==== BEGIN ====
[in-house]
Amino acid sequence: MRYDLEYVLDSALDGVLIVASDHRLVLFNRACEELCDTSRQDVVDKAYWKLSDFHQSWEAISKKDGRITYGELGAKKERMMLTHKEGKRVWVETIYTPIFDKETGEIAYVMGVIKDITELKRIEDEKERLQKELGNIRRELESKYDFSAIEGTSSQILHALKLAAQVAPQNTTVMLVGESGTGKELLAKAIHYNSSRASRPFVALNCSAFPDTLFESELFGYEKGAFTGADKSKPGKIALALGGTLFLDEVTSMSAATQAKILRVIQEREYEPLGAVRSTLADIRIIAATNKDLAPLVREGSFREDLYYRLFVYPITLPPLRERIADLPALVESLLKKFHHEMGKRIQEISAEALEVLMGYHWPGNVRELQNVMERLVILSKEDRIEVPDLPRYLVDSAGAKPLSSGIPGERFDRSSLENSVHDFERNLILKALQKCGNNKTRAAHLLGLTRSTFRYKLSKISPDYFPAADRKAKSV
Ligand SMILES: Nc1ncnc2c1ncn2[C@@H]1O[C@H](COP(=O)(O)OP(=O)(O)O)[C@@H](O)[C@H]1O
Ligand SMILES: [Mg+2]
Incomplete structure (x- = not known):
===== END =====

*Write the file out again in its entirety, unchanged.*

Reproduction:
[in-house]
Amino acid sequence: MRYDLEYVLDSALDGVLIVASDHRLVLFNRACEELCDTSRQDVVDKAYWKLSDFHQSWEAISKKDGRITYGELGAKKERMMLTHKEGKRVWVETIYTPIFDKETGEIAYVMGVIKDITELKRIEDEKERLQKELGNIRRELESKYDFSAIEGTSSQILHALKLAAQVAPQNTTVMLVGESGTGKELLAKAIHYNSSRASRPFVALNCSAFPDTLFESELFGYEKGAFTGADKSKPGKIALALGGTLFLDEVTSMSAATQAKILRVIQEREYEPLGAVRSTLADIRIIAATNKDLAPLVREGSFREDLYYRLFVYPITLPPLRERIADLPALVESLLKKFHHEMGKRIQEISAEALEVLMGYHWPGNVRELQNVMERLVILSKEDRIEVPDLPRYLVDSAGAKPLSSGIPGERFDRSSLENSVHDFERNLILKALQKCGNNKTRAAHLLGLTRSTFRYKLSKISPDYFPAADRKAKSV
Ligand SMILES: Nc1ncnc2c1ncn2[C@@H]1O[C@H](COP(=O)(O)OP(=O)(O)O)[C@@H](O)[C@H]1O
Ligand SMILES: [Mg+2]
Incomplete structure (x- = not known):